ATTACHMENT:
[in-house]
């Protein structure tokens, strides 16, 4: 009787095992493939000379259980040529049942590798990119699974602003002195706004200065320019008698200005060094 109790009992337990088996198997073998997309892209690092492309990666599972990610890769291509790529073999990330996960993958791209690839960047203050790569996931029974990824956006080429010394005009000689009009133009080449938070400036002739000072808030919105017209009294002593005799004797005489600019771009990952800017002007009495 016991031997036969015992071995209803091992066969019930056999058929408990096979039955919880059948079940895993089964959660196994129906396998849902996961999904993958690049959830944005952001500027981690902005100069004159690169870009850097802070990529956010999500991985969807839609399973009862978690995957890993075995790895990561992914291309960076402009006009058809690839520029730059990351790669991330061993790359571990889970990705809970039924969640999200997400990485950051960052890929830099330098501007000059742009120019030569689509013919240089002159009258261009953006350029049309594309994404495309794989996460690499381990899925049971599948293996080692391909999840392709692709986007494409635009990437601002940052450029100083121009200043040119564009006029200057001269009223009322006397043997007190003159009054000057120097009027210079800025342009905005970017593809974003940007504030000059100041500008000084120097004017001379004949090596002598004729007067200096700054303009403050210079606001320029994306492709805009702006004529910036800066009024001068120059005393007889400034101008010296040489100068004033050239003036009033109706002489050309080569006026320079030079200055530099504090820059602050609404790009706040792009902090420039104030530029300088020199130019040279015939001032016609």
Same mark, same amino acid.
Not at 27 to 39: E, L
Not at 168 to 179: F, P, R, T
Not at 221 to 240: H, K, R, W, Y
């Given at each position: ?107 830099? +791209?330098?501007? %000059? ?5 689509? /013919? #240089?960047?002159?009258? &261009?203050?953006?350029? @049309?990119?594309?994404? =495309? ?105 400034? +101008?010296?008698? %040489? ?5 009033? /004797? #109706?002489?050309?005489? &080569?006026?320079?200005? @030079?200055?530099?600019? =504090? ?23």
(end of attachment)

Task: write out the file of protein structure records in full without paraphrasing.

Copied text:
[in-house]
């Protein structure tokens, strides 16, 4: 009787095992493939000379259980040529049942590798990119699974602003002195706004200065320019008698200005060094 109790009992337990088996198997073998997309892209690092492309990666599972990610890769291509790529073999990330996960993958791209690839960047203050790569996931029974990824956006080429010394005009000689009009133009080449938070400036002739000072808030919105017209009294002593005799004797005489600019771009990952800017002007009495 016991031997036969015992071995209803091992066969019930056999058929408990096979039955919880059948079940895993089964959660196994129906396998849902996961999904993958690049959830944005952001500027981690902005100069004159690169870009850097802070990529956010999500991985969807839609399973009862978690995957890993075995790895990561992914291309960076402009006009058809690839520029730059990351790669991330061993790359571990889970990705809970039924969640999200997400990485950051960052890929830099330098501007000059742009120019030569689509013919240089002159009258261009953006350029049309594309994404495309794989996460690499381990899925049971599948293996080692391909999840392709692709986007494409635009990437601002940052450029100083121009200043040119564009006029200057001269009223009322006397043997007190003159009054000057120097009027210079800025342009905005970017593809974003940007504030000059100041500008000084120097004017001379004949090596002598004729007067200096700054303009403050210079606001320029994306492709805009702006004529910036800066009024001068120059005393007889400034101008010296040489100068004033050239003036009033109706002489050309080569006026320079030079200055530099504090820059602050609404790009706040792009902090420039104030530029300088020199130019040279015939001032016609």
Same mark, same amino acid.
Not at 27 to 39: E, L
Not at 168 to 179: F, P, R, T
Not at 221 to 240: H, K, R, W, Y
């Given at each position: ?107 830099? +791209?330098?501007? %000059? ?5 689509? /013919? #240089?960047?002159?009258? &261009?203050?953006?350029? @049309?990119?594309?994404? =495309? ?105 400034? +101008?010296?008698? %040489? ?5 009033? /004797? #109706?002489?050309?005489? &080569?006026?320079?200005? @030079?200055?530099?600019? =504090? ?23």